Help your child to develop their memory
Child psychologist Dr Richard Woolfson explains how your toddler’s memory develops, and how you can help its development as she grows.
Memory is such an important part of your child’s understanding, no matter what age she is. Watch your toddler search for her favourite toy – not only does she think, “I remember that toy,” she also thinks, “I remember where I left it!” And when your 3-year-old is crying as you collect her from nursery, she uses memory to recall that one of the children annoyed or upset her that morning. Memory helps your child learn and it provides the building blocks with which she constructs her understanding of the world.
As a toddler, she can even remember aspects of her earlier childhood. Psychologists played a range of sounds to children aged between 1 and 10 months, and also let them hold a variety of objects. Two years later – without meeting the psychologists in between – the children repeated the experience. Their behaviour revealed that they remembered many of the sounds and objects.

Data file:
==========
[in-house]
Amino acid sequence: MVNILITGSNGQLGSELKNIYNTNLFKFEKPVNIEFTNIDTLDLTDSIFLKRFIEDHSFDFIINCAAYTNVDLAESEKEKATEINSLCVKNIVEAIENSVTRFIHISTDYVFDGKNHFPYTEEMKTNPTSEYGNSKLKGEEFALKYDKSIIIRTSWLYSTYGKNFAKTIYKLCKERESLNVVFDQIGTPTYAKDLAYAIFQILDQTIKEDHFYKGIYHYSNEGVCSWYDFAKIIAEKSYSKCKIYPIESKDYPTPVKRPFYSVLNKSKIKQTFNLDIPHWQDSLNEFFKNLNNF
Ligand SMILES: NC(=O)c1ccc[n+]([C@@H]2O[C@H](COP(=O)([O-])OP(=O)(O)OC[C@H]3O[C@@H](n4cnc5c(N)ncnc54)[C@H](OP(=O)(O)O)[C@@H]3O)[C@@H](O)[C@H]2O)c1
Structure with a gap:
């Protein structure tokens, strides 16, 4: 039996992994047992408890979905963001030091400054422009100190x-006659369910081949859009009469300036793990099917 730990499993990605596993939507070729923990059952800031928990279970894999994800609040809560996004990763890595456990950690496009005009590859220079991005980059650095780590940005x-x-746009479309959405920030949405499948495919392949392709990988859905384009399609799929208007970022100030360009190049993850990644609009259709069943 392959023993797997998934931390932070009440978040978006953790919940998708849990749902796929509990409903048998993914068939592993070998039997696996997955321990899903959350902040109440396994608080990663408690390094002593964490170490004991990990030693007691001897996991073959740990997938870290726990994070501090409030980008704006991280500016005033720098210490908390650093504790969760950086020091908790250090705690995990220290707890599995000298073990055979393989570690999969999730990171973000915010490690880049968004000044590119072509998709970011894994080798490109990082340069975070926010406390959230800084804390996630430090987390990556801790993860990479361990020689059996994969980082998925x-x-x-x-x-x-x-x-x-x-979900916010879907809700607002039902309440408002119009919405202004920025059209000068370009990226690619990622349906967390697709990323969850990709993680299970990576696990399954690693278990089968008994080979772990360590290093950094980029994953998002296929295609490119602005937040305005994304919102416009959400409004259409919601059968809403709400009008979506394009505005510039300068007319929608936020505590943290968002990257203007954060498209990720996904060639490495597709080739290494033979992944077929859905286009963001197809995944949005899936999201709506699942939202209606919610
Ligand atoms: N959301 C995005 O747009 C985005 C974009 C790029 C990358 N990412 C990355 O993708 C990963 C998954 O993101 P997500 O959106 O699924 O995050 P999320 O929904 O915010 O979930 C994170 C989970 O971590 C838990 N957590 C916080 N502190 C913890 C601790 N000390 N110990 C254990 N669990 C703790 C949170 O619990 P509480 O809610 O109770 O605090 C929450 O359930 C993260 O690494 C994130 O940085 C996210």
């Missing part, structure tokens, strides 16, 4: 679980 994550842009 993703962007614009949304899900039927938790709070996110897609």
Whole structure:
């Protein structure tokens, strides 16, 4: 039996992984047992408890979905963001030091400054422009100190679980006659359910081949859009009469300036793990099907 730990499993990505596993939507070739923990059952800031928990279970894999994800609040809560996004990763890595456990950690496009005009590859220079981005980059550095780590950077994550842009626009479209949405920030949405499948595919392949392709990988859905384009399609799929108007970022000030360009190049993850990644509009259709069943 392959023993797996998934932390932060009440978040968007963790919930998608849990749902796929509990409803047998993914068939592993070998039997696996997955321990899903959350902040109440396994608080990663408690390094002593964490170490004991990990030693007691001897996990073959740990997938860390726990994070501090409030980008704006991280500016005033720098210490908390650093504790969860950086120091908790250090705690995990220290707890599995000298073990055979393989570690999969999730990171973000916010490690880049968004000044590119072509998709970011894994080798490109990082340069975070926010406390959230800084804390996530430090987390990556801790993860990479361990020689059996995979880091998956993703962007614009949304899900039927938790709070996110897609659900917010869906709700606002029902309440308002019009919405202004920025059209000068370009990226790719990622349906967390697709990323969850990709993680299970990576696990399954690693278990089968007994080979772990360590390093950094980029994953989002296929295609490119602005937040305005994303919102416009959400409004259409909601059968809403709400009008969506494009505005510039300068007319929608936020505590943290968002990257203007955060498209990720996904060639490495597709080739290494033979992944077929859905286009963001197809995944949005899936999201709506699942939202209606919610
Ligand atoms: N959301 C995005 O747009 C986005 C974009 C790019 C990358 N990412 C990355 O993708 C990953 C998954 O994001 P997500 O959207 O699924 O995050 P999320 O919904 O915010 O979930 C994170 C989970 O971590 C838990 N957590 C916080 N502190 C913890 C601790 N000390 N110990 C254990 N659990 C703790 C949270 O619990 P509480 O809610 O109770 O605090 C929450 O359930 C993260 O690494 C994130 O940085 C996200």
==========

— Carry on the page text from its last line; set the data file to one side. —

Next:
Give your 1-year-old a simple instruction, such as “Pass me the cup, please”, making sure she looks at you as you speak. She’ll pay attention, remember what you asked, then give you the cup.
Let your child play with a wooden puzzle – the type where two or three pieces fit inside a wooden frame. Time how long it takes her to complete the puzzle from start to finish. Then give her a new puzzle. You’ll find she completes this quicker than the first one.
Teach your child a brand new song. At first, she might only be able to remember the last word of each line. But with practice, she’ll eventually learn the entire song from start to finish.
Your child is more likely to recall what you tell her if you put her name somewhere in the sentence.
Dr Richard Woolfson, child psychologist
Many children of this age learn three or four colour names (such as red, yellow, blue), some basic shape names (such as circle, triangle) and might be able to recite the names of the numbers from one to 10.
Ask your child lots of questions about school, about her teacher, about the day’s activities, about the other children in her class and so on. Some children are more communicative than others, but whatever the level of her replies, listen closely to her.
The more types of memory that are involved, the easier she learns and remembers. For instance, if you want to teach your 3-year-old a nursery rhyme, say it to her (hearing and semantic memory), show her pictures of it in a book (visual memory) and encourage her to act out the rhyme with you (kinaesthetic memory). You could even let her eat a biscuit in the shape of the rhyme’s central character (olfactory memory).
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